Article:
Cost and Efficiency Are Keys to Mono-Si Market Growth in 2016

published: 2015-11-19 17:19 | editor: | category: Analysis

The sluggish growth of the mono-Si market this year is notable given the fact that many cell manufacturers had switched from multi-Si to mono-Si production in the second half of 2014. Statistical research conducted by EnergyTrend for the 2015 PV market finds that even though the global demand has reached 53GW, the total mono-Si cell shipments worldwide may be lower than 10GW. Cost is the deciding factor as to whether or not the mono-Si market can achieve higher growth in the future.

According to EnergyTrend’s annual mono-Si cell shipment forecast for 2015, Taiwan as the leading producing country may surpass 2GW. Major Chinese cell manufacturers including JA Solar, Suntech, and DMEGC will push their country’s mono-Si cell shipments to 2GW. Other regional markets – the U.S., Europe, South Korea and Japan – will ship around 1GW~1.5GW respectively. Major mono-Si cell manufacturers in those regions include SunPower from the U.S., SolarWorld from Europe, LGE from South Korea, and Japan’s Sharp and Panasonic. Taken together, this year’s global mono-Si cell shipments are estimated to be under 10GW. The picture is starkly different in the multi-Si market, where cell manufacturers have been seeing a surge in orders and high capacity utilization rates for multi-Si cell production. Currently, just about 10% of the top-tier global cell manufacturers’ combined capacity is devoted to mono-Si products.

Figure 1: Total mono-Si cell demand and shipments in 2015

Source: EnergyTrend

Mono-Si products are overcoming their weaknesses

For companies developing mono-Si products with higher efficiency, the good news is that the distributed generation (DG) markets in the U.S., the U.K., and Japan have kept growing. However, prices of mono-Si modules remain much higher compared with prices of multi-Si modules. Moreover, P-type mono-Si products come with inherent disadvantages of having higher cell-to-module (CTM) loss and higher light-induced degradation (LID). Using passivated emitter rear cell (PERC) process during the mono-Si cell production significantly raises the products’ conversion efficiency rates, but the technology also increases LID from the average 2% to 3~6%. N-type mono-Si cells by contrast do not suffer from LID. However, they have lower production yield rates and less price flexibility. Producing N-type mono-Si cells also requires additional equipment. Hence, N-type mono-Si products have yet to become the market mainstream due to high costs, and they may need another two or three years become popular.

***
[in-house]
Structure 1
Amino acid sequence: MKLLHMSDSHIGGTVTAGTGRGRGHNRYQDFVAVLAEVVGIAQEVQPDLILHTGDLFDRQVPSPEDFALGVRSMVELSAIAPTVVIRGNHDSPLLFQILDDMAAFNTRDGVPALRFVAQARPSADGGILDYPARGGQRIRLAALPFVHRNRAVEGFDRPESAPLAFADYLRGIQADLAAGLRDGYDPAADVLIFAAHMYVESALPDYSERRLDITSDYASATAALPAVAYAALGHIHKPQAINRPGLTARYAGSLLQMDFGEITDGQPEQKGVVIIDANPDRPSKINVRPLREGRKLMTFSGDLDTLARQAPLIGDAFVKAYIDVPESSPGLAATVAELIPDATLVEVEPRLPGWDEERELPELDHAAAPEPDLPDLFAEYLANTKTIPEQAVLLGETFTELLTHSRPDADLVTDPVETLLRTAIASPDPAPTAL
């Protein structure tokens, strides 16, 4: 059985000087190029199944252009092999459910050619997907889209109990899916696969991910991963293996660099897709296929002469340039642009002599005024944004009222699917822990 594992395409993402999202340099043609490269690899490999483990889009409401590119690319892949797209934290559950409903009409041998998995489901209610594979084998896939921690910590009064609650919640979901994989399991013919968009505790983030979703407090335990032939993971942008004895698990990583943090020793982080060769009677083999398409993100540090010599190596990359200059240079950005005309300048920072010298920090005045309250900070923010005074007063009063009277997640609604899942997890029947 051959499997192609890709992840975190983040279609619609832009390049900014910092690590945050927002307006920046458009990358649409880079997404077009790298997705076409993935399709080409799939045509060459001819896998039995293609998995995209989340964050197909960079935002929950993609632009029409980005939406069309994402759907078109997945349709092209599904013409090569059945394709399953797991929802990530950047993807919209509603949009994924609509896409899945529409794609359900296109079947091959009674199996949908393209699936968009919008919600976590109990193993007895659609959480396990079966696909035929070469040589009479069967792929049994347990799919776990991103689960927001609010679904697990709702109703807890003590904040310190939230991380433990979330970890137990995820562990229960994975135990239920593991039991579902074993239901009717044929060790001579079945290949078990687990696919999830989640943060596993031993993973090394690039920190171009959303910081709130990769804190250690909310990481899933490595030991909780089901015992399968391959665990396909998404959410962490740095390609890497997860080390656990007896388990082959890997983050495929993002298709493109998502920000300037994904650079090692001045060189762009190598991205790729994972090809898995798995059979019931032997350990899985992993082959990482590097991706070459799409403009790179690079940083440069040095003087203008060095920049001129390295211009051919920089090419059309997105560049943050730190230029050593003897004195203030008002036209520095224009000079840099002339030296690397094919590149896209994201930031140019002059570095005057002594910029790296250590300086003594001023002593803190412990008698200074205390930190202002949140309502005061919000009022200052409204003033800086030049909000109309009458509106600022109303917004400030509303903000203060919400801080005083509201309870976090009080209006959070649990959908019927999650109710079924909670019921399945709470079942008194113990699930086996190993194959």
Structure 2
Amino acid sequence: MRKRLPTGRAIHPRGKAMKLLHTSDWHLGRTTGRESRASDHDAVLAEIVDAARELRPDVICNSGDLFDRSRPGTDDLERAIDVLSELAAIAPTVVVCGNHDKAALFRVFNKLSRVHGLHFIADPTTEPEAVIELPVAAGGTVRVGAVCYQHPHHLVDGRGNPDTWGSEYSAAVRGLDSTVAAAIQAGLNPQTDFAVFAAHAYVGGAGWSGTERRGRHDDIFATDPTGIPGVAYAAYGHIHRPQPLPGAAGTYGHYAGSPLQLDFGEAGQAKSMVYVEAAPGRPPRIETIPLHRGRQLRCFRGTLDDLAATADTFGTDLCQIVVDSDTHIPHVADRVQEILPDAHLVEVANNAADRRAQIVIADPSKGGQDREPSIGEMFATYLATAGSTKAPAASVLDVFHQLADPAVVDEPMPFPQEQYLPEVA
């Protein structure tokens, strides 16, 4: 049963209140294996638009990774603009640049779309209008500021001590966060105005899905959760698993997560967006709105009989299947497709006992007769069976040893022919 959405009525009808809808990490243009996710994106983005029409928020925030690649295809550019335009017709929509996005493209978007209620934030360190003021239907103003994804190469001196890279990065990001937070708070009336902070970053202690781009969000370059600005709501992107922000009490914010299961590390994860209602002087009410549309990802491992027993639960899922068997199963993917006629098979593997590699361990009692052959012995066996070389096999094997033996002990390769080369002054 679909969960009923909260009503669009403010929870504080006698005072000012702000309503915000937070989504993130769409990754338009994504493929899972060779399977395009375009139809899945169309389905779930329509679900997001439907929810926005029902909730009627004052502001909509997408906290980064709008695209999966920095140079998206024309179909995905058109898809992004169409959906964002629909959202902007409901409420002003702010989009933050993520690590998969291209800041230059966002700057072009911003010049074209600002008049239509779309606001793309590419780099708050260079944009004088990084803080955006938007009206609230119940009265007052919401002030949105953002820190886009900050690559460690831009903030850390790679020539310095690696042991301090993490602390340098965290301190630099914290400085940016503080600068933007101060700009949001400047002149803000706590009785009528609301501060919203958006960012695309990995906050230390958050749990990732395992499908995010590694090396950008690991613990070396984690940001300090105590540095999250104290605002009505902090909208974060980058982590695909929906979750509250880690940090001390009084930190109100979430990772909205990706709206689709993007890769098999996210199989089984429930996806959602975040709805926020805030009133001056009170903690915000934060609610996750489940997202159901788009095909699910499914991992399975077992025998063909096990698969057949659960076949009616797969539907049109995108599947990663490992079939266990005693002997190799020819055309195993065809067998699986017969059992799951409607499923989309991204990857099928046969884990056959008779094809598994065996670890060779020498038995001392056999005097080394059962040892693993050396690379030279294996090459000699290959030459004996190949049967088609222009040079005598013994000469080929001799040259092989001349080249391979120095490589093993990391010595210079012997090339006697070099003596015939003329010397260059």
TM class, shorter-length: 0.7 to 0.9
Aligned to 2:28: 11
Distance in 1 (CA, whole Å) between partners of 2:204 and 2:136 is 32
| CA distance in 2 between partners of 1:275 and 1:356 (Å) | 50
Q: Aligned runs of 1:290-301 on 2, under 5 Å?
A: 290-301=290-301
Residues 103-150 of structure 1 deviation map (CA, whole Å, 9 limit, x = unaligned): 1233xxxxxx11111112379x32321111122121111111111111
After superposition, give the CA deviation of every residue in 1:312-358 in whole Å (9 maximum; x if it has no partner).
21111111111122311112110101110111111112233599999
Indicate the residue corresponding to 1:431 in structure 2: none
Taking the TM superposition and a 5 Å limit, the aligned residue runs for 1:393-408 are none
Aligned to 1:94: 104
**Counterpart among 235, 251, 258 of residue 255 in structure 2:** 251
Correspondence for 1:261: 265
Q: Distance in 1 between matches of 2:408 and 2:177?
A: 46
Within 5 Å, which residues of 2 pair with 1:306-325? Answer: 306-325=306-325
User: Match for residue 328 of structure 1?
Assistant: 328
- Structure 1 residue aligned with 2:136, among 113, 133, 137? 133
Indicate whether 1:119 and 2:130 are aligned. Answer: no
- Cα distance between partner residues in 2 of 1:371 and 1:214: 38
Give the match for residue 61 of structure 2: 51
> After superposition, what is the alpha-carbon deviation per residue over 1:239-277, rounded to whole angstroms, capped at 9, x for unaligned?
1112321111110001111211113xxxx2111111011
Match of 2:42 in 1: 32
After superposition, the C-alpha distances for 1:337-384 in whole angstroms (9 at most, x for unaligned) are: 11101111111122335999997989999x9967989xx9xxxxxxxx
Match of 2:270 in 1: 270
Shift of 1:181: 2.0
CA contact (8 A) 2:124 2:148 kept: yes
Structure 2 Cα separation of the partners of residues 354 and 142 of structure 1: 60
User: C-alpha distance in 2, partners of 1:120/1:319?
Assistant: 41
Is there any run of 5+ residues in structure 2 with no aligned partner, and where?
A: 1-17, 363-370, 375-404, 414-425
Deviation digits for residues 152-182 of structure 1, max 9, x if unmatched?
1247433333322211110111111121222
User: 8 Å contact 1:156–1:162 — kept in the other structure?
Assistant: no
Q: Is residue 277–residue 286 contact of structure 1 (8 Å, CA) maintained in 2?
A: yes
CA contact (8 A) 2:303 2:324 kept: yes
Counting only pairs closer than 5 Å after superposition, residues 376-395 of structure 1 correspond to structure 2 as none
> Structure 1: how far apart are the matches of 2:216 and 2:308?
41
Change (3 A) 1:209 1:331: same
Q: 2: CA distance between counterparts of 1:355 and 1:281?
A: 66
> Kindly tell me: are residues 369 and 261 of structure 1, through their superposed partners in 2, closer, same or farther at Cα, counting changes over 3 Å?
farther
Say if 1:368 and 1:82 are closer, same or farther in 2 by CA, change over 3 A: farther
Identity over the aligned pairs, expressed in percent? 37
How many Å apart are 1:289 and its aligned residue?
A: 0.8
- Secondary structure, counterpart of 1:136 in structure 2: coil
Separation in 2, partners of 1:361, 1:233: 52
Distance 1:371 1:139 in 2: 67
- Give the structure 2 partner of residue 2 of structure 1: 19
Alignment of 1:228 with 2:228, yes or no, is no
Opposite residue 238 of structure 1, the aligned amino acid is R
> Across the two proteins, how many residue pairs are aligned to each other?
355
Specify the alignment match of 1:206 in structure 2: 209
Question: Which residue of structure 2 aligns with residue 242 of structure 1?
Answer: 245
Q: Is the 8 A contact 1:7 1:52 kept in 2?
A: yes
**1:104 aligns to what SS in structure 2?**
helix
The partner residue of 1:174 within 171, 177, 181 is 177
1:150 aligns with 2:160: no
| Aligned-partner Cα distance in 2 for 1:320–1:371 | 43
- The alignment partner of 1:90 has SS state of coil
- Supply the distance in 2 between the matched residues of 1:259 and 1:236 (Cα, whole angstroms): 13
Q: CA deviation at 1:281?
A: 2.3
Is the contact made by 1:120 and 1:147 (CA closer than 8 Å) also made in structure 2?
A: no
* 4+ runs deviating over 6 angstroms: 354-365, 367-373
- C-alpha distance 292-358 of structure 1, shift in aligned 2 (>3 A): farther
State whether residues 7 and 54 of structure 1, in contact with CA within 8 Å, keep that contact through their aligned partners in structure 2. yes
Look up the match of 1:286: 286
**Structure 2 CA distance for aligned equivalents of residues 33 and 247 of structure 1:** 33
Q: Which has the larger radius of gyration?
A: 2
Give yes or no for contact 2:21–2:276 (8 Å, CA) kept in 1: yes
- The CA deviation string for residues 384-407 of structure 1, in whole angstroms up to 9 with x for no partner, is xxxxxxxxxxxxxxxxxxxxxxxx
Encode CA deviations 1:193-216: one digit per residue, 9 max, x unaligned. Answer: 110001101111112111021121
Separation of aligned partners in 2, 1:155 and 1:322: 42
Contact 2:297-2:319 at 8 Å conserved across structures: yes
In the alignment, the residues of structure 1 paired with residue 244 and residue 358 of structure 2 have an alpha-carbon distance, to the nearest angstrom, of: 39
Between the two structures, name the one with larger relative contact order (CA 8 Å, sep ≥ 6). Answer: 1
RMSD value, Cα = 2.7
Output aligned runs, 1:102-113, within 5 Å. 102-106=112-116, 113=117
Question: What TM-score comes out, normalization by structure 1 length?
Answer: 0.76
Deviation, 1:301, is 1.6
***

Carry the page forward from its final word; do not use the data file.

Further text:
Since the second half of 2015, cell manufacturers have gradually overcome the mentioned disadvantages of P-type mono-Si cells (pricing, CTM loss, and LID). Demand for P-type mono-Si cell is therefore likely to pick up as better solutions to LID become available and the mono- versus multi-Si price difference in the p-type cell market starts to narrow. In fact, prices of mono- and multi-Si cells in the Chinese market have been almost identical in recent times.

Costs of P-type mono-Si cells have also been lowered substantially this year following the Chinese New Year holidays. During this period, the weak demand for mono-Si products caused excess inventory for mono-Si wafer manufacturers and forced them to sharply reduce their prices. By the second half of 2015, multi-Si wafers stayed at US$0.82~0.83/pc on average, whereas the average price of mono-Si wafers had dropped from US$ 1.05/pc to US$ 0.92/pc. Therefore, the price gap between mono- and multi-Si in the wafer market has contracted from US$0.18~0.20/pc to US$0.10/pc. Moreover, the average manufacturing cost difference between mono- and multi-Si cells is now at US$ 0.015/W. These factors along with higher conversion efficiency rates have resulted in mono-Si cells reaching a dominant position in generation costs (see table 1).

Table 1: Cost and profit comparison between mono- and multi-Si cells

Source: EnergyTrend

Wafer and cell industries have each developed ways to solve LID. Wafer manufacturers focus on reducing the boron-oxygen complex that is the main contributor to LID. Aside from reducing the amount of oxygen in the wafer, manufacturers can also change the dopant. For instance, they can adopt gallium doping or boron and gallium co-doping. Meanwhile, cell manufacturers have begun to add an annealing procedure in their production. Among the equipment used for the annealing process, Germany-based Centrotherm’s regenerator units are the most popular. Recently, Taiwanese cell companies have implemented the annealing procedure and found that LID in mono-Si PERC products have been considerably reduced to within 2%. Wafer and cell companies nonetheless still have a way to before their technological solutions achieve maturity.

Policies and PERC will help accelerate mono-Si demand